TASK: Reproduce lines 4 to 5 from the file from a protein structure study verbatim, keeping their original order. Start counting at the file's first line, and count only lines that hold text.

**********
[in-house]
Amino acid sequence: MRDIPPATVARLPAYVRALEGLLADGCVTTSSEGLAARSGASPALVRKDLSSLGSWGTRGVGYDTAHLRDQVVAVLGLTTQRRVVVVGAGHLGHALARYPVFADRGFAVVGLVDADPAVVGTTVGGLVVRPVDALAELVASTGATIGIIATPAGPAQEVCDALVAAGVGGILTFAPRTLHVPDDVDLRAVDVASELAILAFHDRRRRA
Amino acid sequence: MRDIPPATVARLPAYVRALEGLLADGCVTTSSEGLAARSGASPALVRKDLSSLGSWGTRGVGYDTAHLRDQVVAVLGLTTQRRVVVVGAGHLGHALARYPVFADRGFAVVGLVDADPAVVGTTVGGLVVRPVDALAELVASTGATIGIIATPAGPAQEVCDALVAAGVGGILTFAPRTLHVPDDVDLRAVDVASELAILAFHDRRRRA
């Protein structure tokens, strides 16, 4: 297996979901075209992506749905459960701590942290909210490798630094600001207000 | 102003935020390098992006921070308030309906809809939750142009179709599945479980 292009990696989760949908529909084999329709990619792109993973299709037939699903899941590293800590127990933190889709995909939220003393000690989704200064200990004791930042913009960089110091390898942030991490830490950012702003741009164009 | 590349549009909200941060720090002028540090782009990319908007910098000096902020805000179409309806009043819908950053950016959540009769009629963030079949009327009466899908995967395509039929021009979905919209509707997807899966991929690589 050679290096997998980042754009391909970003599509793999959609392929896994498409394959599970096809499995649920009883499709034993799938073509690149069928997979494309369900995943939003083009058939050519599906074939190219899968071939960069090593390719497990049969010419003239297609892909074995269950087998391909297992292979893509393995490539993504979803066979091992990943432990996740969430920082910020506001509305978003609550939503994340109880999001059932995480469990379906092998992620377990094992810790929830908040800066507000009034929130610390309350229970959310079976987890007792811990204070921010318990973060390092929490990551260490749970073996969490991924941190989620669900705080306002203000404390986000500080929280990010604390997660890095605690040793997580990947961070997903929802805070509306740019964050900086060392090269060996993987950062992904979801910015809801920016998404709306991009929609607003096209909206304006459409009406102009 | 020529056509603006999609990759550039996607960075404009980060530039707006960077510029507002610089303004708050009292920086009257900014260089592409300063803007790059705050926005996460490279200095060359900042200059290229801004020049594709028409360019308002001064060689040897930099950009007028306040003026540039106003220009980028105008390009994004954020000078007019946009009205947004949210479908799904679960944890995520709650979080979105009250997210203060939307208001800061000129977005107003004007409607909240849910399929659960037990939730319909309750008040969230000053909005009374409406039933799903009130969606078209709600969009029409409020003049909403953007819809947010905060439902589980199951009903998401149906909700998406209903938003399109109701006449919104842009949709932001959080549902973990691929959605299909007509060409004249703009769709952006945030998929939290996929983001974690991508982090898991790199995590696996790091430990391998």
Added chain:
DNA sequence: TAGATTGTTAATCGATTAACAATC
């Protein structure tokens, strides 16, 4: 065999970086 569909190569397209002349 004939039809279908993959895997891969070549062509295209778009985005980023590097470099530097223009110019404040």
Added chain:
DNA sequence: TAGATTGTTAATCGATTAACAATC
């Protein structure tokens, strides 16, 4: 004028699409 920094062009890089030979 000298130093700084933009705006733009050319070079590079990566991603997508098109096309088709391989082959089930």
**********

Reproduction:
């Protein structure tokens, strides 16, 4: 297996979901075209992506749905459960701590942290909210490798630094600001207000 | 102003935020390098992006921070308030309906809809939750142009179709599945479980 292009990696989760949908529909084999329709990619792109993973299709037939699903899941590293800590127990933190889709995909939220003393000690989704200064200990004791930042913009960089110091390898942030991490830490950012702003741009164009 | 590349549009909200941060720090002028540090782009990319908007910098000096902020805000179409309806009043819908950053950016959540009769009629963030079949009327009466899908995967395509039929021009979905919209509707997807899966991929690589 050679290096997998980042754009391909970003599509793999959609392929896994498409394959599970096809499995649920009883499709034993799938073509690149069928997979494309369900995943939003083009058939050519599906074939190219899968071939960069090593390719497990049969010419003239297609892909074995269950087998391909297992292979893509393995490539993504979803066979091992990943432990996740969430920082910020506001509305978003609550939503994340109880999001059932995480469990379906092998992620377990094992810790929830908040800066507000009034929130610390309350229970959310079976987890007792811990204070921010318990973060390092929490990551260490749970073996969490991924941190989620669900705080306002203000404390986000500080929280990010604390997660890095605690040793997580990947961070997903929802805070509306740019964050900086060392090269060996993987950062992904979801910015809801920016998404709306991009929609607003096209909206304006459409009406102009 | 020529056509603006999609990759550039996607960075404009980060530039707006960077510029507002610089303004708050009292920086009257900014260089592409300063803007790059705050926005996460490279200095060359900042200059290229801004020049594709028409360019308002001064060689040897930099950009007028306040003026540039106003220009980028105008390009994004954020000078007019946009009205947004949210479908799904679960944890995520709650979080979105009250997210203060939307208001800061000129977005107003004007409607909240849910399929659960037990939730319909309750008040969230000053909005009374409406039933799903009130969606078209709600969009029409409020003049909403953007819809947010905060439902589980199951009903998401149906909700998406209903938003399109109701006449919104842009949709932001959080549902973990691929959605299909007509060409004249703009769709952006945030998929939290996929983001974690991508982090898991790199995590696996790091430990391998």
Added chain: